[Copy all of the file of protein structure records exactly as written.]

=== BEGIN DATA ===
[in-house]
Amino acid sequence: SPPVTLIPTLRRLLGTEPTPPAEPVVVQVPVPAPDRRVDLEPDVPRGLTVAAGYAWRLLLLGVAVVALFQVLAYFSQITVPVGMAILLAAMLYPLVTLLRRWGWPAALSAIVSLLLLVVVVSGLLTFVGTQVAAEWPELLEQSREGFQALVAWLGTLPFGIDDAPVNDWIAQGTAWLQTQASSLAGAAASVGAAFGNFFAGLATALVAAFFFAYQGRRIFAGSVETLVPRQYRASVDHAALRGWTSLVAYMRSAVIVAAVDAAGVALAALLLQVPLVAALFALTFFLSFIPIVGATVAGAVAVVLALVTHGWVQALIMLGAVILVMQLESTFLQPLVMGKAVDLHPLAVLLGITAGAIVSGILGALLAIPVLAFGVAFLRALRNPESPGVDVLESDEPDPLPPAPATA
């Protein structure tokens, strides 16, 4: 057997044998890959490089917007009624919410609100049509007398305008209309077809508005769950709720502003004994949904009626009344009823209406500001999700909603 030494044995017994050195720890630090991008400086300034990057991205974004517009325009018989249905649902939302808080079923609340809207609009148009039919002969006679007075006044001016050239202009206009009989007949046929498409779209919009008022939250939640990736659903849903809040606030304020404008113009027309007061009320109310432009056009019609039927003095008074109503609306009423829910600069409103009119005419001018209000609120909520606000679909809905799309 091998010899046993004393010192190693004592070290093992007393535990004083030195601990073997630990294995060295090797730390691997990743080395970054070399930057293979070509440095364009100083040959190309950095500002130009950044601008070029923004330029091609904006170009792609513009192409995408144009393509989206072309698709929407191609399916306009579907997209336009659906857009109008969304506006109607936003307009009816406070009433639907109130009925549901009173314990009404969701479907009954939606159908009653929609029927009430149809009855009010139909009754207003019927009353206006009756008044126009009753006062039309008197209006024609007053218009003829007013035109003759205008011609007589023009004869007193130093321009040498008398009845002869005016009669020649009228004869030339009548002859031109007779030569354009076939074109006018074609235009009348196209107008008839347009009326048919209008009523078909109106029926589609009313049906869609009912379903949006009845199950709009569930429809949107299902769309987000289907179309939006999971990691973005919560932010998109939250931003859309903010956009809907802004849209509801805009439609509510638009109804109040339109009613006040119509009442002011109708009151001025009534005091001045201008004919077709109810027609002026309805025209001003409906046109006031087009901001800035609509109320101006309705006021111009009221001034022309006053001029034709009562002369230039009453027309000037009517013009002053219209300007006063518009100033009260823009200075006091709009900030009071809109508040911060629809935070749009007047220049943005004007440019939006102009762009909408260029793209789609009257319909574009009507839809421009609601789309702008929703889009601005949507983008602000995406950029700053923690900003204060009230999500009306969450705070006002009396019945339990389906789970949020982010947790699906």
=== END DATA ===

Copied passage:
[in-house]
Amino acid sequence: SPPVTLIPTLRRLLGTEPTPPAEPVVVQVPVPAPDRRVDLEPDVPRGLTVAAGYAWRLLLLGVAVVALFQVLAYFSQITVPVGMAILLAAMLYPLVTLLRRWGWPAALSAIVSLLLLVVVVSGLLTFVGTQVAAEWPELLEQSREGFQALVAWLGTLPFGIDDAPVNDWIAQGTAWLQTQASSLAGAAASVGAAFGNFFAGLATALVAAFFFAYQGRRIFAGSVETLVPRQYRASVDHAALRGWTSLVAYMRSAVIVAAVDAAGVALAALLLQVPLVAALFALTFFLSFIPIVGATVAGAVAVVLALVTHGWVQALIMLGAVILVMQLESTFLQPLVMGKAVDLHPLAVLLGITAGAIVSGILGALLAIPVLAFGVAFLRALRNPESPGVDVLESDEPDPLPPAPATA
């Protein structure tokens, strides 16, 4: 057997044998890959490089917007009624919410609100049509007398305008209309077809508005769950709720502003004994949904009626009344009823209406500001999700909603 030494044995017994050195720890630090991008400086300034990057991205974004517009325009018989249905649902939302808080079923609340809207609009148009039919002969006679007075006044001016050239202009206009009989007949046929498409779209919009008022939250939640990736659903849903809040606030304020404008113009027309007061009320109310432009056009019609039927003095008074109503609306009423829910600069409103009119005419001018209000609120909520606000679909809905799309 091998010899046993004393010192190693004592070290093992007393535990004083030195601990073997630990294995060295090797730390691997990743080395970054070399930057293979070509440095364009100083040959190309950095500002130009950044601008070029923004330029091609904006170009792609513009192409995408144009393509989206072309698709929407191609399916306009579907997209336009659906857009109008969304506006109607936003307009009816406070009433639907109130009925549901009173314990009404969701479907009954939606159908009653929609029927009430149809009855009010139909009754207003019927009353206006009756008044126009009753006062039309008197209006024609007053218009003829007013035109003759205008011609007589023009004869007193130093321009040498008398009845002869005016009669020649009228004869030339009548002859031109007779030569354009076939074109006018074609235009009348196209107008008839347009009326048919209008009523078909109106029926589609009313049906869609009912379903949006009845199950709009569930429809949107299902769309987000289907179309939006999971990691973005919560932010998109939250931003859309903010956009809907802004849209509801805009439609509510638009109804109040339109009613006040119509009442002011109708009151001025009534005091001045201008004919077709109810027609002026309805025209001003409906046109006031087009901001800035609509109320101006309705006021111009009221001034022309006053001029034709009562002369230039009453027309000037009517013009002053219209300007006063518009100033009260823009200075006091709009900030009071809109508040911060629809935070749009007047220049943005004007440019939006102009762009909408260029793209789609009257319909574009009507839809421009609601789309702008929703889009601005949507983008602000995406950029700053923690900003204060009230999500009306969450705070006002009396019945339990389906789970949020982010947790699906």